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Old 02-08-2009, 03:13 PM
Rancid Crabtree Rancid Crabtree is offline
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Super glue finish build along

After receiving lots of questions on how to do a super glue finish on a knife handle I decided to show the steps. This is not to say that this is the only and proper way to use super glue as a finish. It's just the way I do it. Super glue is used on tropical woods that have oils that prevent most finishes from drying, curing or hardening. It can be used on any wood.

First of all, This is for small projects since it is not really cost effective for large projects. At the same time, there are those that use a super glue finish on pool cues, pens, bowls, chess pieces and a host of other projects.

I went out and bought a 4 pack of .07 Oz. tubes for $1.99. I bought the regular and not the gel but have heard of people using the gel with good results.



Always read the warnings and understand the risks. I have chosen to ignore rule number four. I found rule number five a bit odd. I do want good results but I fail to see why it matters how me and the missus spend our free time or if we are good at it.

This glue is stinky but larger containers that are more expensive can be bought in a low odor version.



I used a scrap piece of Bubinga right off the saw. I did not sand it at all. I did this to show that super glue is gap filling and fills in the pores of the wood. I poured a small drop on the wood.



And spread it around with this brush. This is one of a set of ten brushes that I got from my parent on my birthday. I've had them for 44 years.



I just spread it out until the piece is covered and never stop moving. It stays liquid for a short while.



And then hardens with a little less gloss. You can see the rough saw lines on the wood. but after I build up of a few coats, it will smooth over the bumps. *** DO NOT blow on it to dry it faster.



After two coats, I use 400 grit sandpaper to smooth out the brush marks and then wipe it with a clean cloth to remove the white dust.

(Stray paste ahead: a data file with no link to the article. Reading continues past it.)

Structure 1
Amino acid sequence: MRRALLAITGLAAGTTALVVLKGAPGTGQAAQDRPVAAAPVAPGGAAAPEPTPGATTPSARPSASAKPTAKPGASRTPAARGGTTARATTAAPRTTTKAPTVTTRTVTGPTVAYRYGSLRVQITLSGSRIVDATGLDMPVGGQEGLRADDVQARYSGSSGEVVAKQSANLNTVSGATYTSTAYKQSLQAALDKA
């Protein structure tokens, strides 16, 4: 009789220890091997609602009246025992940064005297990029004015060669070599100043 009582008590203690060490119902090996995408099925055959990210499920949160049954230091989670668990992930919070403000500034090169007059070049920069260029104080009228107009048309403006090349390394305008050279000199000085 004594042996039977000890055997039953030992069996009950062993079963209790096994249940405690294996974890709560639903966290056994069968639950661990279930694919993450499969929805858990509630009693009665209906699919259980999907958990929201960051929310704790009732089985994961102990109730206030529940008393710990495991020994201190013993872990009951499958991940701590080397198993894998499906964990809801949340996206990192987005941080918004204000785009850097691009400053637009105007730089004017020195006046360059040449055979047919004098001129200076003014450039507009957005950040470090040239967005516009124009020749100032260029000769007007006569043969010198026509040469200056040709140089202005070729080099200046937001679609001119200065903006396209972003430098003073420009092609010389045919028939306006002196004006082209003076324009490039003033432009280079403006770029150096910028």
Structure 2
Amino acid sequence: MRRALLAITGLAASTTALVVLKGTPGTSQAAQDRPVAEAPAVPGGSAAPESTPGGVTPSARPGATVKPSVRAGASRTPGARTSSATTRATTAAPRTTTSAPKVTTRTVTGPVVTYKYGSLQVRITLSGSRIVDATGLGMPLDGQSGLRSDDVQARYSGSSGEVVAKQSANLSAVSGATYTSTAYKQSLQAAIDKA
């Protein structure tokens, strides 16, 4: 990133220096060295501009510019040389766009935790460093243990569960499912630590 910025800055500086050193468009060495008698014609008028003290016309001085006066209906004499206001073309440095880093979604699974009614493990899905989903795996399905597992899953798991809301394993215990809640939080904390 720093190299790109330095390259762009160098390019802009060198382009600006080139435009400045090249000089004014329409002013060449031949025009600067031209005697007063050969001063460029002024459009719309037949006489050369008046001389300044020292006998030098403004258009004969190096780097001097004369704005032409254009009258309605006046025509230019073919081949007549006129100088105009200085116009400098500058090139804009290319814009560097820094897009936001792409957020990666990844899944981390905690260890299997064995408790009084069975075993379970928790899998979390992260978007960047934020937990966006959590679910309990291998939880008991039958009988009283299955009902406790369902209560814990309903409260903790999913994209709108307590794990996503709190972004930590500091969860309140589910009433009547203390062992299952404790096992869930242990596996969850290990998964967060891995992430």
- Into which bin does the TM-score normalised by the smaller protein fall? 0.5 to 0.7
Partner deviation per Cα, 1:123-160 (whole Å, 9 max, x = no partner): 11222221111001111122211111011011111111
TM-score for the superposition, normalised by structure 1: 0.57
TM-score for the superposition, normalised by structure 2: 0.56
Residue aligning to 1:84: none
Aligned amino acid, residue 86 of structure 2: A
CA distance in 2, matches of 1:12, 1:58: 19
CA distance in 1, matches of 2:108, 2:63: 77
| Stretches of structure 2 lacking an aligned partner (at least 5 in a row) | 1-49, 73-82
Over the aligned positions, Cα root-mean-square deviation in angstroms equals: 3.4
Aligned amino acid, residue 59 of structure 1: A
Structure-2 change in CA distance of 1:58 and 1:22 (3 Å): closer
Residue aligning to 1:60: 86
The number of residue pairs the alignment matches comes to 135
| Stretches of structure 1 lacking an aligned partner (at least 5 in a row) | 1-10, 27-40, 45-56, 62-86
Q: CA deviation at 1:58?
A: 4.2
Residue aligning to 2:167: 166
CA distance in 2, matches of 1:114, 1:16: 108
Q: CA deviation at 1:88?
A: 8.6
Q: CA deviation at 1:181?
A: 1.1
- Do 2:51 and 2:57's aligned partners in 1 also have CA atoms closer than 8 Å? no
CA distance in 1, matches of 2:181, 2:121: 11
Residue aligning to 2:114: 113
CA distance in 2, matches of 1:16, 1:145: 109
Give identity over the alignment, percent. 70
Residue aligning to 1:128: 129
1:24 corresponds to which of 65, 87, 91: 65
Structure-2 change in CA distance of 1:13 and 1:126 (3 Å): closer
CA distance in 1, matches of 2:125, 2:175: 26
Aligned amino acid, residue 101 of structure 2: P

On the back side of the piece I applied the same number of coats except on the last one, I blew on it to dry it faster and you can see the results. The water vapor in your breath makes the glue cloudy or foggy and you cant un-do the damage. You will have to sand it all off and start over. The same goes for touching the wet glue with your finger. The moisture in your skin will also turn the glue white.



After a few coats, you also get a build up on the tip of your brush.



Nail polish remover (Acetone) will remove the hardened glue. I wet a paper towel and set my finger in it.



I will also use some of that same 400 grit to clean of any glue left behind. Now the brush is clean.



Once hardened, I use 400 grit and 0000 steel wool to smooth the finish.



Super glue leaves a hard, crystal clear and water proof protective coating of acrylic plastic on the wood.



It can be buffed to a high sheen.



Give it a try the next time you are working on a small wood project or if making fishing jig heads or turkey calls or pistol grips, etc. Work outside or in an area with good ventilation.
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  #2  
Old 02-08-2009, 03:48 PM
Swift Swift is offline
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Good write up!
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Old 02-08-2009, 11:03 PM
Jack Jack is offline
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Interesting! Thanks, Rancid.
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Old 05-08-2009, 02:08 AM
neologist neologist is offline
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Thank you for that. Who wudda thought?
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Old 05-08-2009, 09:56 AM
blacktail blacktail is offline
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did the same thing on a couple of my latest pieces

works well
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Old 01-18-2010, 02:33 PM
cordell cordell is offline
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Excellent Post

Rancid Crabtree,
Let me begin by saying that your writing skills are exceptional. I have enjoyed all the posts that I have read so far, and truly enjoy seeing your knives as they progress. Please continue the tidbits of information, they are most welcome. Take care and God bless....cordell P.S. I didn't understand the need for #5 either...................... TC&GB..c
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